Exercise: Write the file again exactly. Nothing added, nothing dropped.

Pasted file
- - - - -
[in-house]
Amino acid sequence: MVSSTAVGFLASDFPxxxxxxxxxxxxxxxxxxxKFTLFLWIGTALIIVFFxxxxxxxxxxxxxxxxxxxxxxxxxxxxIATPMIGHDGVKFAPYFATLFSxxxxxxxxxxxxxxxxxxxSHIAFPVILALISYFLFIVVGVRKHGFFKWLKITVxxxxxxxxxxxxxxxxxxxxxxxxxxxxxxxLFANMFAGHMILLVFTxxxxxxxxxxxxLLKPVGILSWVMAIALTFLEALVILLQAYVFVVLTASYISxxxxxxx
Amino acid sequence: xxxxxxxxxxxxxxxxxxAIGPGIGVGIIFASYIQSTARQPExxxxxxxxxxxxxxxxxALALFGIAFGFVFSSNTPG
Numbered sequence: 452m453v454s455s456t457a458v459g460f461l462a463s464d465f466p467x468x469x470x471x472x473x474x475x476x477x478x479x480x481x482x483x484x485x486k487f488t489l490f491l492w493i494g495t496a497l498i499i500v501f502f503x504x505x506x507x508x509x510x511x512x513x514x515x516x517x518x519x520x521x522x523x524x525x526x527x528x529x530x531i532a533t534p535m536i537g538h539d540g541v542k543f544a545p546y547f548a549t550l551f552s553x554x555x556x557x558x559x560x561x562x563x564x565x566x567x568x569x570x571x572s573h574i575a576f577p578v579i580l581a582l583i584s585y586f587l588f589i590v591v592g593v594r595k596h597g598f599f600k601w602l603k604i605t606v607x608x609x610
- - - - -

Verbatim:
[in-house]
Amino acid sequence: MVSSTAVGFLASDFPxxxxxxxxxxxxxxxxxxxKFTLFLWIGTALIIVFFxxxxxxxxxxxxxxxxxxxxxxxxxxxxIATPMIGHDGVKFAPYFATLFSxxxxxxxxxxxxxxxxxxxSHIAFPVILALISYFLFIVVGVRKHGFFKWLKITVxxxxxxxxxxxxxxxxxxxxxxxxxxxxxxxLFANMFAGHMILLVFTxxxxxxxxxxxxLLKPVGILSWVMAIALTFLEALVILLQAYVFVVLTASYISxxxxxxx
Amino acid sequence: xxxxxxxxxxxxxxxxxxAIGPGIGVGIIFASYIQSTARQPExxxxxxxxxxxxxxxxxALALFGIAFGFVFSSNTPG
Numbered sequence: 452m453v454s455s456t457a458v459g460f461l462a463s464d465f466p467x468x469x470x471x472x473x474x475x476x477x478x479x480x481x482x483x484x485x486k487f488t489l490f491l492w493i494g495t496a497l498i499i500v501f502f503x504x505x506x507x508x509x510x511x512x513x514x515x516x517x518x519x520x521x522x523x524x525x526x527x528x529x530x531i532a533t534p535m536i537g538h539d540g541v542k543f544a545p546y547f548a549t550l551f552s553x554x555x556x557x558x559x560x561x562x563x564x565x566x567x568x569x570x571x572s573h574i575a576f577p578v579i580l581a582l583i584s585y586f587l588f589i590v591v592g593v594r595k596h597g598f599f600k601w602l603k604i605t606v607x608x609x610